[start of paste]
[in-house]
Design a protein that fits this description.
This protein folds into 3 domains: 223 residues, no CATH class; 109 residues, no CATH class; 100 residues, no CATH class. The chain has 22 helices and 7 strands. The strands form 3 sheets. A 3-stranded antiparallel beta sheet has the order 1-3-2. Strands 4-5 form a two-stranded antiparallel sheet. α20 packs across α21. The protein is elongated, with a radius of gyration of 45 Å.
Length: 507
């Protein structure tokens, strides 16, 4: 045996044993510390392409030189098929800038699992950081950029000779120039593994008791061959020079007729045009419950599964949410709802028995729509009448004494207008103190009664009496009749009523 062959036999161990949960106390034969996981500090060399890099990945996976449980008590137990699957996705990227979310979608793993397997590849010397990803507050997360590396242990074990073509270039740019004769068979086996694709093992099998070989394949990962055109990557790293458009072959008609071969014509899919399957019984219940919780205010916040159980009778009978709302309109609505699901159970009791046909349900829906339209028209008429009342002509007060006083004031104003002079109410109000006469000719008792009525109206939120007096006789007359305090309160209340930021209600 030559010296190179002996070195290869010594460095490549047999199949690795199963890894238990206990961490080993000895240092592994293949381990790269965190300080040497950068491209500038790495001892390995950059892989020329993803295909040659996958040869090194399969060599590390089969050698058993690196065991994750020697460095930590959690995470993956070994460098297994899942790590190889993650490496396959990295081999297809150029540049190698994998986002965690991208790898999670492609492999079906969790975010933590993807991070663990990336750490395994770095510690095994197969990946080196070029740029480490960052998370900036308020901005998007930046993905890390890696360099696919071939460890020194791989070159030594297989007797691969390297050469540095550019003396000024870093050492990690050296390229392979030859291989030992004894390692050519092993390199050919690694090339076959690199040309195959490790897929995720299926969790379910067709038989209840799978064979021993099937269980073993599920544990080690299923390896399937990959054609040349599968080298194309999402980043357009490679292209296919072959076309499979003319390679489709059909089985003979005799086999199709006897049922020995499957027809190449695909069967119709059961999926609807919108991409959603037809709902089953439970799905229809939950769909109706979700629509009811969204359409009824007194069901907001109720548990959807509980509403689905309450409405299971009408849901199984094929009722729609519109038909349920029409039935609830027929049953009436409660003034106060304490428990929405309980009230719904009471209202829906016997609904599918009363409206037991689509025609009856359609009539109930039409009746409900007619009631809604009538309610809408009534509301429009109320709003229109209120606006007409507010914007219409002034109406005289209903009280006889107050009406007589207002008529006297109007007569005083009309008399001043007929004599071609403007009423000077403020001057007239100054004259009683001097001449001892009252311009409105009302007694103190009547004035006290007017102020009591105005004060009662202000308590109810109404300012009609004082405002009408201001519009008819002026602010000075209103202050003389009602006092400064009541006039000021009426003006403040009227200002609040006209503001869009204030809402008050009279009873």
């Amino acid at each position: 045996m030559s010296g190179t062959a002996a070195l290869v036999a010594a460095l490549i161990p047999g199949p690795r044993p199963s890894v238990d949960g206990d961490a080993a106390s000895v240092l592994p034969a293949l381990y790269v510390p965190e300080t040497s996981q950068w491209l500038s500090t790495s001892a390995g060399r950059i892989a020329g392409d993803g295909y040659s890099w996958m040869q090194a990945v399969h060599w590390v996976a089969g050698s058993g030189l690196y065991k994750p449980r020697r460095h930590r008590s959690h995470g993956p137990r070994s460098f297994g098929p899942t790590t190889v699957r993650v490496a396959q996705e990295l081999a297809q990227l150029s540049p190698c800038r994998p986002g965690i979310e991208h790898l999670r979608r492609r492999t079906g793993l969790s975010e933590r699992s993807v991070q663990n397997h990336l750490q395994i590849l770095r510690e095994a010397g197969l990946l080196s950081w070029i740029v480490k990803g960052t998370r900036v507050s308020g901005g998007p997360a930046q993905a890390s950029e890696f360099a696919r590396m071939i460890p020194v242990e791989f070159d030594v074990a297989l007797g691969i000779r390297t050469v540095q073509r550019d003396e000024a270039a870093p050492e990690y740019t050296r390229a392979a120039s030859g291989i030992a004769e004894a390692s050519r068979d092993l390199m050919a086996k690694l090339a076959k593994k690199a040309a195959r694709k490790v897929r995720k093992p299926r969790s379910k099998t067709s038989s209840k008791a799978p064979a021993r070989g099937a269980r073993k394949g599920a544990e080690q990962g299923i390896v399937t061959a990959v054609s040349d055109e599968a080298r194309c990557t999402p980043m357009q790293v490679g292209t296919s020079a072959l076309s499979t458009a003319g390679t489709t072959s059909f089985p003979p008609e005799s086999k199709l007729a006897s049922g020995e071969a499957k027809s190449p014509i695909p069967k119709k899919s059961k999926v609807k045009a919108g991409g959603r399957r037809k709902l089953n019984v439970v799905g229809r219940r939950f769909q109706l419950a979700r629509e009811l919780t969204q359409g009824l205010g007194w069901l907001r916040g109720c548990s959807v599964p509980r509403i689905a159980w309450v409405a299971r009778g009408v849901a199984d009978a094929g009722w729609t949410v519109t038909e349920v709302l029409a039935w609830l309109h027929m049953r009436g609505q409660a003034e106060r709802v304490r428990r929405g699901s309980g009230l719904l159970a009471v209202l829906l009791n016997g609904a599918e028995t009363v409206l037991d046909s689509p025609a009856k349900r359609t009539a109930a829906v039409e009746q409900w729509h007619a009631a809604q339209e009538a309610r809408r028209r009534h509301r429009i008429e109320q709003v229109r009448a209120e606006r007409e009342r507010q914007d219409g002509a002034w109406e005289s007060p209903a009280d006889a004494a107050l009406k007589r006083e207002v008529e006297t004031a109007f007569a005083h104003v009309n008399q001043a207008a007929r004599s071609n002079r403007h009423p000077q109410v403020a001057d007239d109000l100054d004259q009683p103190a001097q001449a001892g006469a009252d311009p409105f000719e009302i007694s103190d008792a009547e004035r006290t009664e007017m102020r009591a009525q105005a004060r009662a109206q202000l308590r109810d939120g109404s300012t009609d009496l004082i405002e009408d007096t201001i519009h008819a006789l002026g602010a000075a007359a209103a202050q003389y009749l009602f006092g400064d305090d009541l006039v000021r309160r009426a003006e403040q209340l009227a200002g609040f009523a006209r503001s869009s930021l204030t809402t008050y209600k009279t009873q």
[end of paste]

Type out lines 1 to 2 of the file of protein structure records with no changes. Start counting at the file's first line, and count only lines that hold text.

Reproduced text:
[in-house]
Design a protein that fits this description.